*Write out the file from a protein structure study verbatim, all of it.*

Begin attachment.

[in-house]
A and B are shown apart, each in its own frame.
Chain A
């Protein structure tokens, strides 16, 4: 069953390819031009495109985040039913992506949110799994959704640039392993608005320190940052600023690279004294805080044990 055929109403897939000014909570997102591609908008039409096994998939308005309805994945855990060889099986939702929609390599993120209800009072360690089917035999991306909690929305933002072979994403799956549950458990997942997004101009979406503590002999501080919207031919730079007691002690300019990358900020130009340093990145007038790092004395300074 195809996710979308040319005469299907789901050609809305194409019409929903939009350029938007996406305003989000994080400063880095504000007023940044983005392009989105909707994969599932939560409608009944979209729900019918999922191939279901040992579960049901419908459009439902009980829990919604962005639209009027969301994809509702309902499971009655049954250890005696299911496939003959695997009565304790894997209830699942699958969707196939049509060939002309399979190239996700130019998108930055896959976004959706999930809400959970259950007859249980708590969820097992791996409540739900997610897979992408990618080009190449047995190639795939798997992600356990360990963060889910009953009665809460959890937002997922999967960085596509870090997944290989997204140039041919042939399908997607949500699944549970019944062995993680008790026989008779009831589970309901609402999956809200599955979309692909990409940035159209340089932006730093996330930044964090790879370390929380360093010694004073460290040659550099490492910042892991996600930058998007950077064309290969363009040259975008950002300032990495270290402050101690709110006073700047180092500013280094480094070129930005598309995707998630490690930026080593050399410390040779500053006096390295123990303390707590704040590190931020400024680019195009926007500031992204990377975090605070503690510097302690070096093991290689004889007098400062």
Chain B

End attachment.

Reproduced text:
[in-house]
A and B are shown apart, each in its own frame.
Chain A
């Protein structure tokens, strides 16, 4: 069953390819031009495109985040039913992506949110799994959704640039392993608005320190940052600023690279004294805080044990 055929109403897939000014909570997102591609908008039409096994998939308005309805994945855990060889099986939702929609390599993120209800009072360690089917035999991306909690929305933002072979994403799956549950458990997942997004101009979406503590002999501080919207031919730079007691002690300019990358900020130009340093990145007038790092004395300074 195809996710979308040319005469299907789901050609809305194409019409929903939009350029938007996406305003989000994080400063880095504000007023940044983005392009989105909707994969599932939560409608009944979209729900019918999922191939279901040992579960049901419908459009439902009980829990919604962005639209009027969301994809509702309902499971009655049954250890005696299911496939003959695997009565304790894997209830699942699958969707196939049509060939002309399979190239996700130019998108930055896959976004959706999930809400959970259950007859249980708590969820097992791996409540739900997610897979992408990618080009190449047995190639795939798997992600356990360990963060889910009953009665809460959890937002997922999967960085596509870090997944290989997204140039041919042939399908997607949500699944549970019944062995993680008790026989008779009831589970309901609402999956809200599955979309692909990409940035159209340089932006730093996330930044964090790879370390929380360093010694004073460290040659550099490492910042892991996600930058998007950077064309290969363009040259975008950002300032990495270290402050101690709110006073700047180092500013280094480094070129930005598309995707998630490690930026080593050399410390040779500053006096390295123990303390707590704040590190931020400024680019195009926007500031992204990377975090605070503690510097302690070096093991290689004889007098400062």
Chain B